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“They could be anywhere,” a police officer filmed by WTVJ warned a group of schoolchildren in South Florida in 1966.
He told them about the threat posed by homosexuals, not knowing that the real danger was deep and pervasive prejudices.
“They might be policemen, they might be school teachers. If we catch you gay, your parents will be the first to find out…”.
Being gay was, at the time, illegal in the United States.
By 1962, all 50 states had criminalized same-sex sexual activity, and all remaining laws would be repealed until 2003, paving the way for the most comprehensive recognition of LGBT rights in the world.
But the problem went beyond criminalization.
A decade before decriminalization, homosexuality was included in the first edition of the Diagnostic and Statistical Manual of Mental Disorders (commonly known as the DSM, the bible of the psychiatric field and the authoritative book of all diagnoses).
That is, the American Psychiatric Association (APA), the most influential part of the American Medical Association, Defined as gay A disorder, mEspecially Ace, A “night of trouble” mentally ill Personality”.
The 1952 classification meant that anyone who deviated from the boundaries of gender could be institutionalized against their will and subjected to “cures” such as chemical castrations, electroconvulsive therapy and lobotomies.
Furthermore, it deeply damaged not only the way LGBT people were valued in society, but also their self-image.
And it made the environment more hostile.
Psychiatry’s “Scientific Support” for Prejudice I told her pThat is For a wide range of discriminatory practices: from denying homosexuals employment, citizenship, housing and child custody rights; Until they were excluded from the clergy, the military, and the institution of marriage.
The options for the LGBT community were few: hide what you were or suffer the consequences.
There were those who risked doing the latter.
Stopping the madness
The DSM classification was first attacked in the 1960s by a group of activists led by LGBT rights pioneer Frank Khamenei, a PhD astronomer at Harvard University who was kicked out of the military for being gay.
They began a multi-year campaign demanding declassification of the diagnosis.
The Achilles heel of the APA’s claim that being gay is a mental disorder A complete lack of scientific data to support itAnd this played into the activists’ favor, especially as that view began to embarrass a new generation of psychiatrists.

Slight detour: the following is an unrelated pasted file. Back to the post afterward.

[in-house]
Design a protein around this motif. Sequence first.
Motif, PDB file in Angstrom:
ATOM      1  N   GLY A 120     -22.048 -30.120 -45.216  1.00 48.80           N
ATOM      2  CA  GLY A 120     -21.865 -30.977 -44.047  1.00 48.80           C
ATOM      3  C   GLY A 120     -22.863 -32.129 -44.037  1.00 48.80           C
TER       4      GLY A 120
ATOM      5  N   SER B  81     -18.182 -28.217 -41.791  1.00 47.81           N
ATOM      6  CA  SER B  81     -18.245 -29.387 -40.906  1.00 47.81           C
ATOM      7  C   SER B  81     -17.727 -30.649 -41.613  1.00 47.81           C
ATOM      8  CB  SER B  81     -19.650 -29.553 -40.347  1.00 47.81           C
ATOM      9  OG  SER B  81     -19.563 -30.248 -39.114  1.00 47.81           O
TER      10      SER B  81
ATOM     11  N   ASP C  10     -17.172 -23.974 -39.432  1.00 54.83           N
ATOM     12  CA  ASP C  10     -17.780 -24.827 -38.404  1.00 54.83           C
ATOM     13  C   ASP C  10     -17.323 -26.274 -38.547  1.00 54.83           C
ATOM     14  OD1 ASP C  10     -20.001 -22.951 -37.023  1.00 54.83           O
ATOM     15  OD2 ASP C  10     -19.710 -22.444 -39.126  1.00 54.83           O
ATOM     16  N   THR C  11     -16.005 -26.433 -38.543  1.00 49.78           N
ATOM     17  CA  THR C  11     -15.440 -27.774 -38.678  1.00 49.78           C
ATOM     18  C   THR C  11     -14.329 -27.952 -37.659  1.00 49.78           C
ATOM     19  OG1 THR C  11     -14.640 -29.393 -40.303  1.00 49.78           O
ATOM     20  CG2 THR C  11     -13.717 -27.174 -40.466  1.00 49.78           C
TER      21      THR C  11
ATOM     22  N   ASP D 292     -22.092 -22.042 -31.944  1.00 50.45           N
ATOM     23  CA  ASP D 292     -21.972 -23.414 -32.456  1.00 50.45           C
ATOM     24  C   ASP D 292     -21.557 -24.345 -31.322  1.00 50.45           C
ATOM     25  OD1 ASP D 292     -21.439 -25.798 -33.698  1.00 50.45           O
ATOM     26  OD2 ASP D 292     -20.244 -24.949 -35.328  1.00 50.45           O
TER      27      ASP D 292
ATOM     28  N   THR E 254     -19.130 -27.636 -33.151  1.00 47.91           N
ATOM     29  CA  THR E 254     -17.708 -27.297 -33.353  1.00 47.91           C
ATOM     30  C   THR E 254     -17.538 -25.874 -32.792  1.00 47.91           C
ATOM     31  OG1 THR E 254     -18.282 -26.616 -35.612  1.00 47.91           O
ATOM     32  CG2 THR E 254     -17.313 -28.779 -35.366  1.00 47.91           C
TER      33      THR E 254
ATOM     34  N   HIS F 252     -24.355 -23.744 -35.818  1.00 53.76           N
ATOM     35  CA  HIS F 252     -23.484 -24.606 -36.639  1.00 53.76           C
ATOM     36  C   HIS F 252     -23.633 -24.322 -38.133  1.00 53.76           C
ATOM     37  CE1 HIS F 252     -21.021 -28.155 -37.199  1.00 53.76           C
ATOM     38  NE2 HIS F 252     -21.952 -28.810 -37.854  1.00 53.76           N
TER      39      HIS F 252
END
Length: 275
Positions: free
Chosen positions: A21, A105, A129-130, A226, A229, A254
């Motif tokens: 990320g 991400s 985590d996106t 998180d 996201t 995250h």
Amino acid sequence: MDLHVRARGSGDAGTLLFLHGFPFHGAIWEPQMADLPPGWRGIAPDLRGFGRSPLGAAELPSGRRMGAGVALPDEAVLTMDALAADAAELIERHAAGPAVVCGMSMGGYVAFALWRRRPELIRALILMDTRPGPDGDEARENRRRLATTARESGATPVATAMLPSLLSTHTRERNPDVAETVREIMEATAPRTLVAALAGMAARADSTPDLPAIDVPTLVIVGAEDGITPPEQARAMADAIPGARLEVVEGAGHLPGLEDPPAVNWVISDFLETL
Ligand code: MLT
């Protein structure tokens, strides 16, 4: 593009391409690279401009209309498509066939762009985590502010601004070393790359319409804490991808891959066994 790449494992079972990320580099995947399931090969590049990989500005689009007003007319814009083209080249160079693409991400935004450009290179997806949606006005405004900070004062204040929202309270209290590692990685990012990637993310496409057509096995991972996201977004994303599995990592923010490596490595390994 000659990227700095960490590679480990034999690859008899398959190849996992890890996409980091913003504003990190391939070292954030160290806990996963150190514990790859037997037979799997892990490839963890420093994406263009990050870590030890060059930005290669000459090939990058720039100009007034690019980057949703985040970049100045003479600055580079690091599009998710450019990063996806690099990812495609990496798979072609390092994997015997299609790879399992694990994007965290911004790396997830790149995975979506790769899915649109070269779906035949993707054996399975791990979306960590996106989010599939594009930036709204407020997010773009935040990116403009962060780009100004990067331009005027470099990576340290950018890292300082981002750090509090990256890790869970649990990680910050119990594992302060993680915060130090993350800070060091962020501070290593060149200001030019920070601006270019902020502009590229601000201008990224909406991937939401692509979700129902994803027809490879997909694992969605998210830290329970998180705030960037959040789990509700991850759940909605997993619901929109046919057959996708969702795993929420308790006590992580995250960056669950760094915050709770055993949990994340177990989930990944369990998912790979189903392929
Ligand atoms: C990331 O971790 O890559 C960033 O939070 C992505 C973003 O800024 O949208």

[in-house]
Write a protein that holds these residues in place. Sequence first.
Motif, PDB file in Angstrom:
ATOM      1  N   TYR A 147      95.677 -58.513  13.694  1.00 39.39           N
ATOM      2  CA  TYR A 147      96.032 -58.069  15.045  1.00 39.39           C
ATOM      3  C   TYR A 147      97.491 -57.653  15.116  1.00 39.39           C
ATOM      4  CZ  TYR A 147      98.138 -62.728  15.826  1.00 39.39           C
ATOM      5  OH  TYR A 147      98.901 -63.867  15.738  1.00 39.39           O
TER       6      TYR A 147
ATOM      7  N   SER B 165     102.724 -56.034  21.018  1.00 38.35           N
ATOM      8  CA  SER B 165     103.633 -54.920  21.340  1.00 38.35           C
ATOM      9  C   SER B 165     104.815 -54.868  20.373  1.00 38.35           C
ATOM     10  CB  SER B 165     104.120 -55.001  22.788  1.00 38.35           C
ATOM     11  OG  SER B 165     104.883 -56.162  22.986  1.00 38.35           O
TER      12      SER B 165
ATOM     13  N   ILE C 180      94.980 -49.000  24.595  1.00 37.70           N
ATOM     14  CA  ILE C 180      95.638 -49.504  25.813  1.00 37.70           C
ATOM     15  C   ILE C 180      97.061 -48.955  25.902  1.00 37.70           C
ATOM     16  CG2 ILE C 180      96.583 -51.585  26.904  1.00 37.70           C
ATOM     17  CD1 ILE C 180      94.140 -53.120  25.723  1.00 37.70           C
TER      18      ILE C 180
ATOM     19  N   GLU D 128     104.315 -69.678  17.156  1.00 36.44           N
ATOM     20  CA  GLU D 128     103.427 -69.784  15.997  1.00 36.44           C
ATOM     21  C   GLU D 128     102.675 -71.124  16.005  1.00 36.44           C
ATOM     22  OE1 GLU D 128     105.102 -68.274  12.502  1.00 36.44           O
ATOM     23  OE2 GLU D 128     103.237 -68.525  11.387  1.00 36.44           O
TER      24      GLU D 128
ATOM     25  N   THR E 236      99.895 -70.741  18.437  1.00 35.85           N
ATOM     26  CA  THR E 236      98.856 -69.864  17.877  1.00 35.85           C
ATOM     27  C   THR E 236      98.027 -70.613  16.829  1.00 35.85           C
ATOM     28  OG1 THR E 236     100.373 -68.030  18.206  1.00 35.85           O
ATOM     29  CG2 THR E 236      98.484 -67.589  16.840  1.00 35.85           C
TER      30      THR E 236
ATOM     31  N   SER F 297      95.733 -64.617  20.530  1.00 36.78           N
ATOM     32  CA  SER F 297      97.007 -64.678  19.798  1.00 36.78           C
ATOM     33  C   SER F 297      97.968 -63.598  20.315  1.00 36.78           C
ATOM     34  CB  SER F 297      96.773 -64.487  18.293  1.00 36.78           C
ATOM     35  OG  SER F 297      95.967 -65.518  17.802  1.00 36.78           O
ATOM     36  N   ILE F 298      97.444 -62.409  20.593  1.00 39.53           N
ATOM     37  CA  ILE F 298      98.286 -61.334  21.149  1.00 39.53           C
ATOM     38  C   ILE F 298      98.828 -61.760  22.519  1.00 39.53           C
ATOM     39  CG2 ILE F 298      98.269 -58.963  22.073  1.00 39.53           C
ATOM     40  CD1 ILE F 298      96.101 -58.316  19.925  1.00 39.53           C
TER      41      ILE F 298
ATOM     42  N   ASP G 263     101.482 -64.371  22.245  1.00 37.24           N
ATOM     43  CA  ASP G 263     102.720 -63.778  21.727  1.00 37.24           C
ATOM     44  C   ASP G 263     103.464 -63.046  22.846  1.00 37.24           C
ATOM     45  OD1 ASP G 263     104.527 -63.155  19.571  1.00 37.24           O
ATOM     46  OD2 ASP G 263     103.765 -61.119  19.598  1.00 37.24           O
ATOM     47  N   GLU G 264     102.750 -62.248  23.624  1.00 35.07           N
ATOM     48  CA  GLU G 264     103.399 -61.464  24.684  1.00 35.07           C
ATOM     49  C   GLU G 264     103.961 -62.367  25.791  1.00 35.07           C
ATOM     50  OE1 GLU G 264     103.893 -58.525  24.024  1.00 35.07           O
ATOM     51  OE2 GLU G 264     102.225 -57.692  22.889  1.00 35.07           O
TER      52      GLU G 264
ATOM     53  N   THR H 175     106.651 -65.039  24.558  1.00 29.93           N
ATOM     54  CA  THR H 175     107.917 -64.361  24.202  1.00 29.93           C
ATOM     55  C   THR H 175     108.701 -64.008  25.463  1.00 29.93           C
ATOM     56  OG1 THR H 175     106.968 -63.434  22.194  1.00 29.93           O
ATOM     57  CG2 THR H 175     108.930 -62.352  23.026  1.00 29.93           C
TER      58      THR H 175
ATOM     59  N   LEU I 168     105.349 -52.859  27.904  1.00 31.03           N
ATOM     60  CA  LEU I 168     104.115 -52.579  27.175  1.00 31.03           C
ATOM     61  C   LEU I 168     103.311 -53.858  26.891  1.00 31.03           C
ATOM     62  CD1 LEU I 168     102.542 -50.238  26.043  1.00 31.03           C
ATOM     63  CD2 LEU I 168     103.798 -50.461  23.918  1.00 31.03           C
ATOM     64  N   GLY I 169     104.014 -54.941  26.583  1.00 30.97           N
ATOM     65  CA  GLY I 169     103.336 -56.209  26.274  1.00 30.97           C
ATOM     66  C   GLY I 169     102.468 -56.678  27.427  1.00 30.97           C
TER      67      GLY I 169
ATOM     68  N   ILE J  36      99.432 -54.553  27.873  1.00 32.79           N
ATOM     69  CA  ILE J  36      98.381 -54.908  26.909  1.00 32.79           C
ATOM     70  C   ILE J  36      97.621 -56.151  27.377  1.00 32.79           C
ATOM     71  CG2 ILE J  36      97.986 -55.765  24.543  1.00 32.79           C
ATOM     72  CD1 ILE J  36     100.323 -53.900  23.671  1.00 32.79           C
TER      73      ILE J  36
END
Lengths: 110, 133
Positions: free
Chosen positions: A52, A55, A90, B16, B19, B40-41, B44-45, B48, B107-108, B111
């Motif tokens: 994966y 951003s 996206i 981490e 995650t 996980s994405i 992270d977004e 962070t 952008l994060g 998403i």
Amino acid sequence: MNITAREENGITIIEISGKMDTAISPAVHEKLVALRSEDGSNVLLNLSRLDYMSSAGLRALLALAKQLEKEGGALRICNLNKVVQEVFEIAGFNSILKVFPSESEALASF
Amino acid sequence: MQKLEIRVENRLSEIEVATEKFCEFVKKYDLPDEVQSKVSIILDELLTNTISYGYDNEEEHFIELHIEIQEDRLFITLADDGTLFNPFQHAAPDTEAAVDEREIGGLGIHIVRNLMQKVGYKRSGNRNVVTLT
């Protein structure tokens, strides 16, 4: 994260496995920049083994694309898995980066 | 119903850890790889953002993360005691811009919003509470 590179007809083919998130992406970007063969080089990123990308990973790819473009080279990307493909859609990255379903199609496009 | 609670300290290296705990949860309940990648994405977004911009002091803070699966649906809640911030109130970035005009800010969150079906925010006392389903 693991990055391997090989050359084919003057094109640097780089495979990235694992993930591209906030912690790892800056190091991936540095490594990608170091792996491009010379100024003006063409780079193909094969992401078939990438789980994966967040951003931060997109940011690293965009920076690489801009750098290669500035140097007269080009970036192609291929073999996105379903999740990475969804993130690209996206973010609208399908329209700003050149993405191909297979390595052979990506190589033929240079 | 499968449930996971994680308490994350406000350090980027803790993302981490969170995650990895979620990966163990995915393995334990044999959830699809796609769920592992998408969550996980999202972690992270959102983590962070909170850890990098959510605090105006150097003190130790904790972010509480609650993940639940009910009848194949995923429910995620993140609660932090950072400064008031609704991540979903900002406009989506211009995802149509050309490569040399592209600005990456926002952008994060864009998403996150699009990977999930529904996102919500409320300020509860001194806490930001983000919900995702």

In 1971, after failing at the APA’s annual meeting, they were allowed to hold a panel discussion on homosexuality at the next year’s convention.
On the one hand, the project involved two psychiatrists from the association, and on the other, Khamenei was to participate with Barbara Gittings, a pioneering lesbian known as the mother of lesbian and gay liberation.
However, it appeared to enthusiasts Better to have both a psychiatrist and a homosexual.
After all, there was an underground group calling itself K-PA (a play on the sound of APA in English, since the letter A is pronounced ‘ei’ and K is pronounced ‘gei’).
They wrote to all of them… and they all said “No”; No matter how much they agree – they themselves secretly fight for the same cause – coming out of the shadows means, among other things, professional immersion.
But then someone changed their mind, and on the second day of the APA’s annual convention in 1972, something a little absurd and comical but unusual happened.
The Danish Room at the Adolphus Hotel in Dallas was packed with psychiatrists for the event’s controversial topic, “Psychiatry: Friend or Foe of Gays? A Conversation.”
Across from them at the microphone table was a panel consisting of Gittings and Khamenei and psychiatrist Kent Robinson.
And at the last moment a grotesque-looking man emerged from between some of the side screens and took his place at the front of the room.
He was dressed in an oversized tuxedo, a wig with thick, messy curls, and his face was hidden behind a faux rubber mask of then-President Nixon.
But if his appearance was striking, his words, delivered through a microphone, distorted by his voice, drew attention.